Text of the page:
Porzio Client James Barclay's Charges Fully Dismissed in Opioid Case in Ohio


Congratulations to William J. Hughes, Jr., for the successful representation of James Barclay, a retired employee of Miami-Luken, a pharmaceutical distributor in Southern Ohio. After a three-year fight, on Friday, August 27, 2022, a U.S. District Court in Cincinnati dismissed all charges against our client, Mr. Barclay. In 2019, the U.S. Department of Justice and the Drug Enforcement Agency charged him with a drug dealing conspiracy, alleging that Barclay and others were responsible for a substantial part of the opioid epidemic in West Virginia and Southern Ohio. Their evidence? Barclay was a compliance manager for a small pharmaceutical distributor that sold opioids (legally and authorized) to pharmacies in West Virginia and Ohio. The DOJ and DEA alleged that Barclay never stopped any order or reported anyone and that he profited from Miami-Luken’s sales. As one DEA supervisor stated publicly, Barclay was a “drug dealer with a degree,” despite the fact that the DEA knew that James Barclay was a 74-year-old, high school educated, Vietnam war-era-veteran who never made more than $60,000. There were a few problems with the DOJ’s case. First, the written documents and the witnesses proved he did not have the authority or responsibility to report anyone or stop any order. His job was to respond to the DEA’s requests and assist the CEO in his compliance function. Second, the DOJ and DEA allowed each of the sales by Miami-Luken, as they had real-time information on every opioid order requested and shipped – yet they did nothing and said nothing for the entire time of this “conspiracy.” In fact, Porzio’s lawyers discovered a confidential DEA policy manual – not for public dissemination – that instructed investigators not to advise pharmaceutical distributors on suspicious orders and to tell distributors whether to ship any order is “a business decision.” And finally, the law did not support the DOJ’s novel theory, and the DOJ and the DEA attempted to create a new criminal standard when no law existed. Undeterred, the DOJ and DEA pressed forward until newly appointed U.S. Attorney Kenneth L. Parker re-examined the case and ordered his prosecutors to dismiss the case.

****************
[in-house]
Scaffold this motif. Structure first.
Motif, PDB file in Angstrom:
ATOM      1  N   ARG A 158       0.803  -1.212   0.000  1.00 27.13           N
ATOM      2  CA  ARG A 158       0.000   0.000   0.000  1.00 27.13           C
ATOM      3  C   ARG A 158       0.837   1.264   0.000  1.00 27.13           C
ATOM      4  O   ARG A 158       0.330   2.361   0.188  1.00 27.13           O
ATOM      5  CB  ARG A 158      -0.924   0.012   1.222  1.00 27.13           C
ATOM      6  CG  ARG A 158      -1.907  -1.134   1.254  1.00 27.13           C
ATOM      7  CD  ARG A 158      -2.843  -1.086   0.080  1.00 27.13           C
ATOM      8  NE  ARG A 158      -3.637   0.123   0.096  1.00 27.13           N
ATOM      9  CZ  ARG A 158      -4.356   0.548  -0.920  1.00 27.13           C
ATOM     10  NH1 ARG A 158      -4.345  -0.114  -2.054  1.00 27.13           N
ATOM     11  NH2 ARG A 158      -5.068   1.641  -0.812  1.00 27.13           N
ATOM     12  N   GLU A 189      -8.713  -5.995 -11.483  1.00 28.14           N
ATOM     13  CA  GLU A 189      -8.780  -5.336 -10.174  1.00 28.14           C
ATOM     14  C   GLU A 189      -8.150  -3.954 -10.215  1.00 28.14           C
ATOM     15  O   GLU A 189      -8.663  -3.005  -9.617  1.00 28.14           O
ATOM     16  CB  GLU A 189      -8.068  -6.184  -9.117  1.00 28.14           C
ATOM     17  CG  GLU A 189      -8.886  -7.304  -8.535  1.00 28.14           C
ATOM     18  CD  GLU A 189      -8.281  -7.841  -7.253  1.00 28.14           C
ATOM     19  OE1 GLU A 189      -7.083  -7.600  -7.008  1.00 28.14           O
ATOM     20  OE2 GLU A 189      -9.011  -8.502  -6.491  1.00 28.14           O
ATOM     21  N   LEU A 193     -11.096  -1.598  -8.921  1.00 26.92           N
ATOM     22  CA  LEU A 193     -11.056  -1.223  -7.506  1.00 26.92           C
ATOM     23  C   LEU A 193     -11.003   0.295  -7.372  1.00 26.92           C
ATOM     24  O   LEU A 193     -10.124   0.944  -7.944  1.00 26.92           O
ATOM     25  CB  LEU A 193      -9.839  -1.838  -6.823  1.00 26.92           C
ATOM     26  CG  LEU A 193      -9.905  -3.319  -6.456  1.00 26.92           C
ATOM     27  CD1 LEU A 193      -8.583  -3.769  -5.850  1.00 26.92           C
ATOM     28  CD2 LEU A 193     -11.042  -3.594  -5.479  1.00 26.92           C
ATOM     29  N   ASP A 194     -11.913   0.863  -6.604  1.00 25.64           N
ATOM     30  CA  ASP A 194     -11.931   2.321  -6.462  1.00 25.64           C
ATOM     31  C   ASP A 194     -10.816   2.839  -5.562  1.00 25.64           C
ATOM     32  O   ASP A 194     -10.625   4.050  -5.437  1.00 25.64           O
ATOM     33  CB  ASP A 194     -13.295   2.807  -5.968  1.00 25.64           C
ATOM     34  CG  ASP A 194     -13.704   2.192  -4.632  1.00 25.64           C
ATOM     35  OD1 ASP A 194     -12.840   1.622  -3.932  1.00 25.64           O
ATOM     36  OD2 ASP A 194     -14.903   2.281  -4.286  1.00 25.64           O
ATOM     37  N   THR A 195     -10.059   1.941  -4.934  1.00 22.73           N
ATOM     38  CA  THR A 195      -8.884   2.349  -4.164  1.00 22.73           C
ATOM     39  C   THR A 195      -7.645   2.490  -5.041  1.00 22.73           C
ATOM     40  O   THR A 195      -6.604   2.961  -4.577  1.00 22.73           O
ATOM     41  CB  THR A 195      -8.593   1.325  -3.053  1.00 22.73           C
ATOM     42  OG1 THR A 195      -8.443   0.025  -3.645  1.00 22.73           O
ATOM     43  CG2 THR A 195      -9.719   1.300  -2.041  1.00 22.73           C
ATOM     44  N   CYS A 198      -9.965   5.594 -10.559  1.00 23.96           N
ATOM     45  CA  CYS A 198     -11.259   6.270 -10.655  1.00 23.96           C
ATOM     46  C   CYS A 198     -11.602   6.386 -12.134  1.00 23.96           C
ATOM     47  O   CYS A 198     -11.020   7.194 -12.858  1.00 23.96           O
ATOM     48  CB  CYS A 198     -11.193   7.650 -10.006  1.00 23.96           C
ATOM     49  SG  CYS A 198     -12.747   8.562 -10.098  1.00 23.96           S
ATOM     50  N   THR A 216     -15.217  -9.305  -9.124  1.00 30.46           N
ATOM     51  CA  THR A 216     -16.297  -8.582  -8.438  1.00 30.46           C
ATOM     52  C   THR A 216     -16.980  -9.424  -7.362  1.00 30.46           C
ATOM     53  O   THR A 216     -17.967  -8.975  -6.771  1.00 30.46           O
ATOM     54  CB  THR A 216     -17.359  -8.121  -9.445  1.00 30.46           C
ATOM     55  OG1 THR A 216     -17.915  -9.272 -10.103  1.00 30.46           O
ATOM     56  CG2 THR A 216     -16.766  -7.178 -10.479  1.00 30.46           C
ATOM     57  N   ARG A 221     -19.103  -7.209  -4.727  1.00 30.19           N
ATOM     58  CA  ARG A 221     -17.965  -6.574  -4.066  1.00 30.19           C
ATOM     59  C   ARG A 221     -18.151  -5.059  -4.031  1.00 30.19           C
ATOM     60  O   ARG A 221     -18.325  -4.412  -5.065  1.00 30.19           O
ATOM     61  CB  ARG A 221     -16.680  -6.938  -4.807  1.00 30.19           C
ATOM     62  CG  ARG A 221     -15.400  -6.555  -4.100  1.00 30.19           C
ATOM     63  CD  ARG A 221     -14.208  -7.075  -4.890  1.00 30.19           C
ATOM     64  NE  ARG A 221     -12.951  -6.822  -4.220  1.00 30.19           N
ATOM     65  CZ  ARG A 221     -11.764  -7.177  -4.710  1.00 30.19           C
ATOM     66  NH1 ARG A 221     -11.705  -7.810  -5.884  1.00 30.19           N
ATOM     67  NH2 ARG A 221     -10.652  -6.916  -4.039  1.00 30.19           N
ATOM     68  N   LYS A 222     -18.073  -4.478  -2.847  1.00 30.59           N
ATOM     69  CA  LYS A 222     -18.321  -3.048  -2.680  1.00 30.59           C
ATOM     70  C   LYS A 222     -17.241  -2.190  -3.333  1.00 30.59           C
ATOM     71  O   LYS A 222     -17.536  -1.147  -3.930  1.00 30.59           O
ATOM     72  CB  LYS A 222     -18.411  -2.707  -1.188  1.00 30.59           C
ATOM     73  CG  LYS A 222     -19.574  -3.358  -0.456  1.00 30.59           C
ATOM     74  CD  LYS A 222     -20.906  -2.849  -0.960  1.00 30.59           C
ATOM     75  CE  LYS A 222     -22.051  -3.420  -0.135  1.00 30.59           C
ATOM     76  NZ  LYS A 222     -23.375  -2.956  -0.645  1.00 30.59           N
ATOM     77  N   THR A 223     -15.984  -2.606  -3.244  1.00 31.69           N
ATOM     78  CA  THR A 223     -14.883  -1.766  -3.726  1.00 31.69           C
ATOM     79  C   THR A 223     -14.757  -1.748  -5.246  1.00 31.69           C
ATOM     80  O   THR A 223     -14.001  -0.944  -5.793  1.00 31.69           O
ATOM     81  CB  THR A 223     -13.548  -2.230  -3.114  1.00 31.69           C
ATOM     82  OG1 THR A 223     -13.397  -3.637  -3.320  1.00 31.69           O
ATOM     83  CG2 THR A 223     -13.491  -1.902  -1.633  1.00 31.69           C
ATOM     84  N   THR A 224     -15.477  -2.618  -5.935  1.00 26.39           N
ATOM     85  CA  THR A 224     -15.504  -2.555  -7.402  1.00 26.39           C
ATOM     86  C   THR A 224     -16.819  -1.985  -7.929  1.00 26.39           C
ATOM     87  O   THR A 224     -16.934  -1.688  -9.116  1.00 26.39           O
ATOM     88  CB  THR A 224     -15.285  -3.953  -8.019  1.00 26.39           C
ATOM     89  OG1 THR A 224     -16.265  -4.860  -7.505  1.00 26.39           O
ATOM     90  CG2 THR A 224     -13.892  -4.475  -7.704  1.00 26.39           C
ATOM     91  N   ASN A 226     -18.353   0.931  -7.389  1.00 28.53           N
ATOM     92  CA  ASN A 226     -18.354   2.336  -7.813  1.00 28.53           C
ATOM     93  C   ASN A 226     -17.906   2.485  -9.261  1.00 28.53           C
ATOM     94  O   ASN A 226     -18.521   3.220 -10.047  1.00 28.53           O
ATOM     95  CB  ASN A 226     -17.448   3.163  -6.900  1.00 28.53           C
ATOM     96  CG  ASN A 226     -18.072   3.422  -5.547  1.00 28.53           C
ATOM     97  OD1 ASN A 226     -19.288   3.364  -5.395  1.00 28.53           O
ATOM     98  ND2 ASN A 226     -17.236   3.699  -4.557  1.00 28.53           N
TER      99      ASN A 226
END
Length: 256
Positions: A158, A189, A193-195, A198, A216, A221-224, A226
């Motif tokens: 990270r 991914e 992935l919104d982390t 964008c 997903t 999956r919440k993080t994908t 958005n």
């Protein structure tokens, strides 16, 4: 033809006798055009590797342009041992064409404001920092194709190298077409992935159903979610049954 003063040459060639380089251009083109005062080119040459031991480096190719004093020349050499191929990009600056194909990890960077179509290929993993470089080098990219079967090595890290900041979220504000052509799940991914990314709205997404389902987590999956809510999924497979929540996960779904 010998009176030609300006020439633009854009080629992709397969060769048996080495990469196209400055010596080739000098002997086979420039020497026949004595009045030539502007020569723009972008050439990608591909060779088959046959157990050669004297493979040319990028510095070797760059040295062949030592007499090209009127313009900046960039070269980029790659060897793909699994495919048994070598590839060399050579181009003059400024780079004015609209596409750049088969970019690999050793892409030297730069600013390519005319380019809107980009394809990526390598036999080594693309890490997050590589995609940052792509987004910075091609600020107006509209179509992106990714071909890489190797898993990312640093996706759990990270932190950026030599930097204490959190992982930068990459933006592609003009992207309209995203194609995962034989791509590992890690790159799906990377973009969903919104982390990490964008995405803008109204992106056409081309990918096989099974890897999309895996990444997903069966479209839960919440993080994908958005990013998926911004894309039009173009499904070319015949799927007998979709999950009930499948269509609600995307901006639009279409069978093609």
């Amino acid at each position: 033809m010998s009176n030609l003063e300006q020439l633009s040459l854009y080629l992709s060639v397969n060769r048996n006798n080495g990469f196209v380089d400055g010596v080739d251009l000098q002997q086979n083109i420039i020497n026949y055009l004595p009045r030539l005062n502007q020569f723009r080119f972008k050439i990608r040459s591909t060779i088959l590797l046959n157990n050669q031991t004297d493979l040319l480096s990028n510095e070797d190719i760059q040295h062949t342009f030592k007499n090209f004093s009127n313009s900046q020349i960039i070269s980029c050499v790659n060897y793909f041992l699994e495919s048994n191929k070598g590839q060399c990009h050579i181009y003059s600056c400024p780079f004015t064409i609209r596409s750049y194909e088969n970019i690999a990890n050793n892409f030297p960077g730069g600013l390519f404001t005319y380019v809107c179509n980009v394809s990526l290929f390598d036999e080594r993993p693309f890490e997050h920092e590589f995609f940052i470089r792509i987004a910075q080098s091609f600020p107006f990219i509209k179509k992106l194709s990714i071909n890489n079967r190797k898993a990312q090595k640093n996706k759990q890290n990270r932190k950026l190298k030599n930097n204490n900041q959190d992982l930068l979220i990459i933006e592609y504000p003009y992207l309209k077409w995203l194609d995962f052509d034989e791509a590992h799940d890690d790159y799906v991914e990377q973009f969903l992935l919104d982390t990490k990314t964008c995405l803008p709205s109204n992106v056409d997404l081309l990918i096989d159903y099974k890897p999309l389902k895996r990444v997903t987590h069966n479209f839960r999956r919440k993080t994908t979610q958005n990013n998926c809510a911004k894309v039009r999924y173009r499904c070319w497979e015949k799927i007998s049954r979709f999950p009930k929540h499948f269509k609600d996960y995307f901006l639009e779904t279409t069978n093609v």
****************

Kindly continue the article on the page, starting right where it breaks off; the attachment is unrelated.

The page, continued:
James Barclay was represented by William J. Hughes, Jr., Esq. of Porzio Bromberg and Newman, P.C. and Mark R. Chilson, Esq. of Dayton, Ohio. In response to the dismissal, Hughes stated, “We thank U.S. Attorney Kenneth L. Parker for rightfully dismissing a case that should never have been brought in the first place. All along, the DEA and the DOJ had the evidence proving that James Barclay did not, and could not, have committed any crime. Yet, some in these organizations felt the need to shift the blame for the opioid epidemic and to make a name for themselves at James Barclay’s expense. Mark Chilson and I are proud to represent James Barclay and ensure our justice system works. Today, it did.”

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